Today, I printed two copies of the creepy eye photos pictures (still need to get a glass-free frame before I can complete that project), and finished making a 100g batch of peppermint Altoids (I wonder how long my hands will reek of peppermint oil?). Got a batch of molecular cooking goodies today, so I'm hoping to expand my horizon in that direction soon!

Ooh, molecular cooking experiments! I definitely want to hear how those go.
Have done a few myself, but mostly stuck to the Alinea cookbook.

This is the kind of day that puts the "challenge" in "30 days instructables challenge." After an intense day at work, to be greeted by my wife walking out the door ("Sorry, I forgot it's ladies night out"), I got a late start on scoochmaroo's Homemade Altoids. I started a step earlier than she did, as I bought gum paste powder that had to be mixed, kneaded, and is now setting, so I think I'll have to finish these guys tomorrow. My son noticed that gum paste is essentially pure powdered sugar with some minute amount of sodium alginate, which is included in a molecular cooking experimental kit I recently ordered. Might be an instructable in there!

Goodhart, your comment is well taken. It looks like Mondays and Tuesdays are going to be difficult for me, thanks to my teaching schedule and the kids' after-school activity schedule. So today I only started a Creepy eye-following picture project by photographing my daughter, and then indulged my curiosity by making a pitcher of DIY Gatorade, er excuse me, Sports Drink (something I started drinking to wean me off of Cokes!). Weirdly colored, won't know if it's drinkable until tomorrow...


*Chuckle* it'd be a challenge for me to make one every MONTH :-) Time is a scarce commodity around here.


6 years ago

I love this idea. Good luck making it all the way through!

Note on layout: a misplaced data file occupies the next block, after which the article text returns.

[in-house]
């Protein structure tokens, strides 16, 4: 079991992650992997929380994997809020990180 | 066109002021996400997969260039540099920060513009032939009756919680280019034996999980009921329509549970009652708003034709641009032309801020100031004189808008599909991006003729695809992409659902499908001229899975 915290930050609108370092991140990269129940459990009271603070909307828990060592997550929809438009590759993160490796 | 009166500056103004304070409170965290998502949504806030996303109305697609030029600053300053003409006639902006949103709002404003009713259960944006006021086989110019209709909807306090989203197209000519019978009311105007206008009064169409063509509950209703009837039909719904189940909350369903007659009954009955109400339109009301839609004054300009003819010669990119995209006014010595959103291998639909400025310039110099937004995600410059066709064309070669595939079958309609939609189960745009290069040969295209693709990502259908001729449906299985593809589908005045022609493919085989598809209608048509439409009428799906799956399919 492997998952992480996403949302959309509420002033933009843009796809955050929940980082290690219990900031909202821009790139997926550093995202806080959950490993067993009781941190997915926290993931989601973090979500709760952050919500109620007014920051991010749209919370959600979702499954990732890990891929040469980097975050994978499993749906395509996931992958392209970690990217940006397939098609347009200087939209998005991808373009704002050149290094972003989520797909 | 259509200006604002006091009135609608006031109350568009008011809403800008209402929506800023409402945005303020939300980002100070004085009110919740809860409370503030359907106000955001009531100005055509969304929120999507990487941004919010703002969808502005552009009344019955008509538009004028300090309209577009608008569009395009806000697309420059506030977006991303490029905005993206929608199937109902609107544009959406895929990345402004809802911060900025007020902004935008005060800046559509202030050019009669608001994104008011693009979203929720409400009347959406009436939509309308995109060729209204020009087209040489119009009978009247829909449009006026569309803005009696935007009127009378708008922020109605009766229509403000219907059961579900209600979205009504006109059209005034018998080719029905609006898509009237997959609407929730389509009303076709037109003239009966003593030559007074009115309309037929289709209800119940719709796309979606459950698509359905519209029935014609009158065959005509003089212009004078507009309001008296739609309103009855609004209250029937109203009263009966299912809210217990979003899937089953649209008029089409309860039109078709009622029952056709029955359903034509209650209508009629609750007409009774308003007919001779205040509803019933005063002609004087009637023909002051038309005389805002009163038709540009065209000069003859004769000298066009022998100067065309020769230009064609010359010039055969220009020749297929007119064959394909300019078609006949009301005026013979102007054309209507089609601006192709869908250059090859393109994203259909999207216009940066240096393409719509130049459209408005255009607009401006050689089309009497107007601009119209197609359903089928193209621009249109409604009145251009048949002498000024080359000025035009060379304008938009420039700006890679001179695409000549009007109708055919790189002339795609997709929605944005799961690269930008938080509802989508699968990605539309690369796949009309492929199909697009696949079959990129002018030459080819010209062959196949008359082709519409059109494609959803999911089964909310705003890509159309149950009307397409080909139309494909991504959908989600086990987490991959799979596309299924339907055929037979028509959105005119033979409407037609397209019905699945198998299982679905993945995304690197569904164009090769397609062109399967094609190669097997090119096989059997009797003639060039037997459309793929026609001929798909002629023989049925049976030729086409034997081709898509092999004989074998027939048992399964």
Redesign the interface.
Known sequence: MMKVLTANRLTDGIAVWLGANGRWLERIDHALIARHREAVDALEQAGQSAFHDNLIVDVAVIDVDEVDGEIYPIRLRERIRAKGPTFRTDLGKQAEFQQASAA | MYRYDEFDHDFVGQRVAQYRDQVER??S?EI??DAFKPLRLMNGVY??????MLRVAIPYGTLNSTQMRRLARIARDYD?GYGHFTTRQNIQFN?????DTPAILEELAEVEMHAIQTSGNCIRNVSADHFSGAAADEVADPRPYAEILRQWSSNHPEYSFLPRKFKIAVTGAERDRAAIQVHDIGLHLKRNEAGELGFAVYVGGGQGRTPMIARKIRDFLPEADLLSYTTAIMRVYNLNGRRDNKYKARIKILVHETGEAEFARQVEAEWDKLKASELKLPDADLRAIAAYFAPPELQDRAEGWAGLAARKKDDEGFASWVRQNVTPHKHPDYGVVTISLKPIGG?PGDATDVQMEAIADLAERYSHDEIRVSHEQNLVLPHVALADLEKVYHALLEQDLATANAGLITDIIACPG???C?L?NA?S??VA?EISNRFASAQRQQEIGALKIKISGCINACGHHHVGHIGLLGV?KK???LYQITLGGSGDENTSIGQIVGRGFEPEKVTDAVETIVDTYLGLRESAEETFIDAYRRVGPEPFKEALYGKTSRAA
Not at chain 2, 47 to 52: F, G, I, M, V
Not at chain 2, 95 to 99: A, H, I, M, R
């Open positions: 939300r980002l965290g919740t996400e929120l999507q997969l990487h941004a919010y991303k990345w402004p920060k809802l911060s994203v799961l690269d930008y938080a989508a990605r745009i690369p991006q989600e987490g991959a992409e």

I'll be following along here at home, and applauding.


Thanks for the encouragement! I've been looking forward to this for a while, but I can already see there will be times when it will be, well, challenging to keep the streak intact!


Okay, for day 3, I did two things. First, I printed and hung my infinite photo image in the frame and the location that the image itself was staged (you can see it in location in the comments here). Second, I made myself a duck tape cell phone cover out of sheer necessity. I've been using an old repurposed iPod case, but a couple days ago my phone somehow fell out of this case and was only recovered in a friend's yard after his lawnmower exposed it (fortunately without chopping it to pieces. 

Alright, for day 2 I chose JamesRPatrick's excellent infinite photo instructable (see picture in comments; no reason to post it here as well). I actually ran with an idea suggested in the comments to use a background portrait. Lots of fun, for model and photographer alike. Took longer than I thought, which may bode ill for later, more complex projects!

It would be cool if you put together a slideshow ("photo instructable") of the final thirty projects.

I don't suppose there's an instructable on how to do that!

Click "submit" and hit the first of the three Instructable options.